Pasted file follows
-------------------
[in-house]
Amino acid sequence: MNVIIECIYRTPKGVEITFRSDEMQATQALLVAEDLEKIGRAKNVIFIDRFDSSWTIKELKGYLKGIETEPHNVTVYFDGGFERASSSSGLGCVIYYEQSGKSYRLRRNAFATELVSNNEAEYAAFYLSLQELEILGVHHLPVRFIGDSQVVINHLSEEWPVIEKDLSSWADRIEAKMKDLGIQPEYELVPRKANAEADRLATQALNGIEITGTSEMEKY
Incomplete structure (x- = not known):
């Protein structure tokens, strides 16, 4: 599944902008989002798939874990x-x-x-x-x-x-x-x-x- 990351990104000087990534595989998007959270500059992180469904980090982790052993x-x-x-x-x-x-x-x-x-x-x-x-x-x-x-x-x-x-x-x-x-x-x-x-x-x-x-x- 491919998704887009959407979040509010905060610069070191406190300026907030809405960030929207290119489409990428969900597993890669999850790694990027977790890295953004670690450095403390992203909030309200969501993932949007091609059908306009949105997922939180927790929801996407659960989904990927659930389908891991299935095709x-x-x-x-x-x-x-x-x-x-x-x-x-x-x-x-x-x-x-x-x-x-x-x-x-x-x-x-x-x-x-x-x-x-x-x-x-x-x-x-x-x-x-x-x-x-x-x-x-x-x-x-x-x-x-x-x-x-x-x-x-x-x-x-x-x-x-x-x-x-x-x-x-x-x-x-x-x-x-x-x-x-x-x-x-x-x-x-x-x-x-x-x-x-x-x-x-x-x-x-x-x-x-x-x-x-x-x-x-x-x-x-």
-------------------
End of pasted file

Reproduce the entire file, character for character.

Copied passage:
[in-house]
Amino acid sequence: MNVIIECIYRTPKGVEITFRSDEMQATQALLVAEDLEKIGRAKNVIFIDRFDSSWTIKELKGYLKGIETEPHNVTVYFDGGFERASSSSGLGCVIYYEQSGKSYRLRRNAFATELVSNNEAEYAAFYLSLQELEILGVHHLPVRFIGDSQVVINHLSEEWPVIEKDLSSWADRIEAKMKDLGIQPEYELVPRKANAEADRLATQALNGIEITGTSEMEKY
Incomplete structure (x- = not known):
């Protein structure tokens, strides 16, 4: 599944902008989002798939874990x-x-x-x-x-x-x-x-x- 990351990104000087990534595989998007959270500059992180469904980090982790052993x-x-x-x-x-x-x-x-x-x-x-x-x-x-x-x-x-x-x-x-x-x-x-x-x-x-x-x- 491919998704887009959407979040509010905060610069070191406190300026907030809405960030929207290119489409990428969900597993890669999850790694990027977790890295953004670690450095403390992203909030309200969501993932949007091609059908306009949105997922939180927790929801996407659960989904990927659930389908891991299935095709x-x-x-x-x-x-x-x-x-x-x-x-x-x-x-x-x-x-x-x-x-x-x-x-x-x-x-x-x-x-x-x-x-x-x-x-x-x-x-x-x-x-x-x-x-x-x-x-x-x-x-x-x-x-x-x-x-x-x-x-x-x-x-x-x-x-x-x-x-x-x-x-x-x-x-x-x-x-x-x-x-x-x-x-x-x-x-x-x-x-x-x-x-x-x-x-x-x-x-x-x-x-x-x-x-x-x-x-x-x-x-x-």